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Global tourism and community life : Toward a responsible tourism framework
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|Title:||Global tourism and community life : Toward a responsible tourism framework|
|Description:||Thesis (Ph.D.)--University of Hawaii at Manoa, 2008.|
The results from the case study analysis demonstrate that small-scale, locally-owned tourism development tends to benefit the community as it leads to the revitalization of the local economy, the improvement of the physical environment, and the preservation of historic buildings. On the other hand, large-scale market-led tourism development engenders the potential degradation of place attributes in various ways. While the local people's perceived image of their community is quite positive, the public and private place marketers view the area as degraded, unsafe, and unattractive. As a result, the public and institutional sectors have initiated controversial plans to conceal the area, remove structures deemed to interfere with the streamlined heritage concept, and has even proposed to uproot the neighborhood. Meanwhile, the private sector has developed tourism-marketing activities that bypass the community and its local culture. Conflicts over tourism benefits have undermined the close connections among residents. Most importantly, centralized tourism development has led to the weakening of local political capabilities and the exclusion of locals from tourism decision-making.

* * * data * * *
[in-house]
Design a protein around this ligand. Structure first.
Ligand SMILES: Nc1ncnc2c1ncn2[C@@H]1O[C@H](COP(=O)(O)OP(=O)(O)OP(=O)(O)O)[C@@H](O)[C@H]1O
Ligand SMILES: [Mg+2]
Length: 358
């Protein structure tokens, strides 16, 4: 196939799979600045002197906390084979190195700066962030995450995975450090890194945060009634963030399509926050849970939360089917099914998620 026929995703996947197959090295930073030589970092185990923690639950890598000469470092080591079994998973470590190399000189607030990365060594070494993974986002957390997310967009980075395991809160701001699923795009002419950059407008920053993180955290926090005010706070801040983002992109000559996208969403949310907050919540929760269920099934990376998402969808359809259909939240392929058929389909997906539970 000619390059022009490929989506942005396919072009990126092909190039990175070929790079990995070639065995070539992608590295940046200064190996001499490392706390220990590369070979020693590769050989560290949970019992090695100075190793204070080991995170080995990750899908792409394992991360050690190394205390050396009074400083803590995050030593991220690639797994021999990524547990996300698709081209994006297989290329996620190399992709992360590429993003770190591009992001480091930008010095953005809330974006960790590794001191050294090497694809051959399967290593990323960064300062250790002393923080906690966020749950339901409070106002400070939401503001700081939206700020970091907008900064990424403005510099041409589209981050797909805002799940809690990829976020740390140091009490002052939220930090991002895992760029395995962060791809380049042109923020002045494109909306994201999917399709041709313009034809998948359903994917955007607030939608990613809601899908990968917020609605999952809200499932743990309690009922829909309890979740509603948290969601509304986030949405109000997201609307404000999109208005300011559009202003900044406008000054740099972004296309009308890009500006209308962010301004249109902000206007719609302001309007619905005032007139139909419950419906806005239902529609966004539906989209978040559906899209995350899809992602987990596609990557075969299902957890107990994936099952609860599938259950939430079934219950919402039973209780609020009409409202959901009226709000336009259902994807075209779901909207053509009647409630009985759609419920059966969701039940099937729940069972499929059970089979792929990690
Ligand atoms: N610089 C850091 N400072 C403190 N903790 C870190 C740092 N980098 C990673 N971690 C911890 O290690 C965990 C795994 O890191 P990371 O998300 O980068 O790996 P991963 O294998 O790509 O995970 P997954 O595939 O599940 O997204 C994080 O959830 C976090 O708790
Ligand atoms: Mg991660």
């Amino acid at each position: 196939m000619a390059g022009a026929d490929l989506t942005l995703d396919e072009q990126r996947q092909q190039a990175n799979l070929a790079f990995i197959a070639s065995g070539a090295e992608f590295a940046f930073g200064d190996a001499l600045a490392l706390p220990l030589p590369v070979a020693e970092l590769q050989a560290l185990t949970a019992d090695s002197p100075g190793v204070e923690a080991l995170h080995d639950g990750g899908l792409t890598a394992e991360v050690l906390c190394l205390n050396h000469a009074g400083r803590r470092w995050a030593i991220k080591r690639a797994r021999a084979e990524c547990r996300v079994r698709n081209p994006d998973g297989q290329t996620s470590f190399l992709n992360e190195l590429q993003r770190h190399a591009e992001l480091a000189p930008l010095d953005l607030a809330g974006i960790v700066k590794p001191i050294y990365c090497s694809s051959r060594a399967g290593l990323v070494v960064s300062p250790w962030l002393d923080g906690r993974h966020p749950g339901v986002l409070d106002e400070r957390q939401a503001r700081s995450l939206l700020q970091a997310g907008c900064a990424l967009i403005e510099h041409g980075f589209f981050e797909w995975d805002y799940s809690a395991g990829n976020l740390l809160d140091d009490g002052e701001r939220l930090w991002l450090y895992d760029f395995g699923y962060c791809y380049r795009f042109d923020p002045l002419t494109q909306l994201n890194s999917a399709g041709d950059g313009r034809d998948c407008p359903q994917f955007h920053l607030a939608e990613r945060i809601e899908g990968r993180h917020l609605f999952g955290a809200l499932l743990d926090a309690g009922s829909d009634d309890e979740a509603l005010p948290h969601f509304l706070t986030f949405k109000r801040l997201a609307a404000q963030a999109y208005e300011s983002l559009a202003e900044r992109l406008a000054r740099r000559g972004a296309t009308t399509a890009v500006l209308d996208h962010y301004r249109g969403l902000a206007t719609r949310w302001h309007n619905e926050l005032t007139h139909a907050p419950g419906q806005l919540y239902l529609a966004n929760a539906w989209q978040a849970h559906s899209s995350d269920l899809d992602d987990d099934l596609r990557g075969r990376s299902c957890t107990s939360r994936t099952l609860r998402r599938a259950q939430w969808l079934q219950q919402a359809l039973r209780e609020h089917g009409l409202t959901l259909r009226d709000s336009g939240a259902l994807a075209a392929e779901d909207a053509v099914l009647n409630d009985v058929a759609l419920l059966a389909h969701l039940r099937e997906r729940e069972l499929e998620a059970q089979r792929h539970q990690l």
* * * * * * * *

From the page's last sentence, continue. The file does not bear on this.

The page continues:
This research assesses the impacts of tourism on those living in the Tha Tien community located in the old royal center of Bangkok, Thailand. By utilizing a place-making concept, the researcher constructs an analytical framework that explains how external forces reshape a place and provides a better understanding of the interaction and confrontation between tourism and the community. As defined in this research, four key attributes of place-based communities include the physical environment, place image and identity, community connections, and political capability.
To minimize the above impacts and establish responsible tourism in the Tha Tien community, the study provides a set of policy recommendations based on four key principles: tourism planning, heritage marketing, place-based development, and participation. The main objective of tourism planners is to balance between the destabilizing forces of tourism and the enhancement of the sense of place. Planners need to encourage institutions, local people, and the tourism industry to create a social fabric that not only serves commercial purposes but also reinforces mutual respect, beneficial relationships, and social identities.
Includes bibliographical references (leaves 344-374).
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374 leaves, bound 29 cm
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|Appears in Collections:||
Ph.D. - Urban and Regional Planning|
Ph.D. - Urban and Regional Planning
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